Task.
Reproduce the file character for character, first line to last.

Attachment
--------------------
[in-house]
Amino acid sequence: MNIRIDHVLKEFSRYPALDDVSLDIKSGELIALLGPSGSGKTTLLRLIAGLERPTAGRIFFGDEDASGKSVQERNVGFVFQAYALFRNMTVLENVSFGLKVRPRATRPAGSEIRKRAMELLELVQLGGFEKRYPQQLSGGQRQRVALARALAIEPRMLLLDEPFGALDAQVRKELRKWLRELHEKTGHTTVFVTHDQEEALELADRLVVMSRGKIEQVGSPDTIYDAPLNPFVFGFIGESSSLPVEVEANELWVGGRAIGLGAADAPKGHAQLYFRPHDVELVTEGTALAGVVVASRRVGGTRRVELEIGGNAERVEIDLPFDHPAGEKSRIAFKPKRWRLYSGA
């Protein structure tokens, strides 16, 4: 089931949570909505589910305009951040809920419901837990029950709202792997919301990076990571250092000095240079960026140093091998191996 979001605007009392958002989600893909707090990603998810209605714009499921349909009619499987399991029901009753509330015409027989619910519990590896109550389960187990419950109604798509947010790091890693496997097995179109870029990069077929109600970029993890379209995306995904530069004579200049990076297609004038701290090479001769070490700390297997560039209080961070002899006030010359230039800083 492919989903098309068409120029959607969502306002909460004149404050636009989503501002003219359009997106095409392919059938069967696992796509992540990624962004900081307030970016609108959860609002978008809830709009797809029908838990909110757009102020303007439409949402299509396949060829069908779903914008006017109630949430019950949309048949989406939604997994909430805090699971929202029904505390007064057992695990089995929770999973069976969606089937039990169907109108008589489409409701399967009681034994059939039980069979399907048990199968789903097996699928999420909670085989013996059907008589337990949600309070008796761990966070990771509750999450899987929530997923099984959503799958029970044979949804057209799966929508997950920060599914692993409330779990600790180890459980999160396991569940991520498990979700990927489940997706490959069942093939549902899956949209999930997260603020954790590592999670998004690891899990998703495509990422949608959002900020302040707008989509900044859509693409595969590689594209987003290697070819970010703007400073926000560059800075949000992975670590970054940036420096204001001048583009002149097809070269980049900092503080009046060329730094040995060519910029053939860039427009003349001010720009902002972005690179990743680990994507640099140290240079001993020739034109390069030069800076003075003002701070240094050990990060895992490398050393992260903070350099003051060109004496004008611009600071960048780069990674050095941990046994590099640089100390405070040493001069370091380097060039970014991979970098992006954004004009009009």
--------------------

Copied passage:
[in-house]
Amino acid sequence: MNIRIDHVLKEFSRYPALDDVSLDIKSGELIALLGPSGSGKTTLLRLIAGLERPTAGRIFFGDEDASGKSVQERNVGFVFQAYALFRNMTVLENVSFGLKVRPRATRPAGSEIRKRAMELLELVQLGGFEKRYPQQLSGGQRQRVALARALAIEPRMLLLDEPFGALDAQVRKELRKWLRELHEKTGHTTVFVTHDQEEALELADRLVVMSRGKIEQVGSPDTIYDAPLNPFVFGFIGESSSLPVEVEANELWVGGRAIGLGAADAPKGHAQLYFRPHDVELVTEGTALAGVVVASRRVGGTRRVELEIGGNAERVEIDLPFDHPAGEKSRIAFKPKRWRLYSGA
């Protein structure tokens, strides 16, 4: 089931949570909505589910305009951040809920419901837990029950709202792997919301990076990571250092000095240079960026140093091998191996 979001605007009392958002989600893909707090990603998810209605714009499921349909009619499987399991029901009753509330015409027989619910519990590896109550389960187990419950109604798509947010790091890693496997097995179109870029990069077929109600970029993890379209995306995904530069004579200049990076297609004038701290090479001769070490700390297997560039209080961070002899006030010359230039800083 492919989903098309068409120029959607969502306002909460004149404050636009989503501002003219359009997106095409392919059938069967696992796509992540990624962004900081307030970016609108959860609002978008809830709009797809029908838990909110757009102020303007439409949402299509396949060829069908779903914008006017109630949430019950949309048949989406939604997994909430805090699971929202029904505390007064057992695990089995929770999973069976969606089937039990169907109108008589489409409701399967009681034994059939039980069979399907048990199968789903097996699928999420909670085989013996059907008589337990949600309070008796761990966070990771509750999450899987929530997923099984959503799958029970044979949804057209799966929508997950920060599914692993409330779990600790180890459980999160396991569940991520498990979700990927489940997706490959069942093939549902899956949209999930997260603020954790590592999670998004690891899990998703495509990422949608959002900020302040707008989509900044859509693409595969590689594209987003290697070819970010703007400073926000560059800075949000992975670590970054940036420096204001001048583009002149097809070269980049900092503080009046060329730094040995060519910029053939860039427009003349001010720009902002972005690179990743680990994507640099140290240079001993020739034109390069030069800076003075003002701070240094050990990060895992490398050393992260903070350099003051060109004496004008611009600071960048780069990674050095941990046994590099640089100390405070040493001069370091380097060039970014991979970098992006954004004009009009």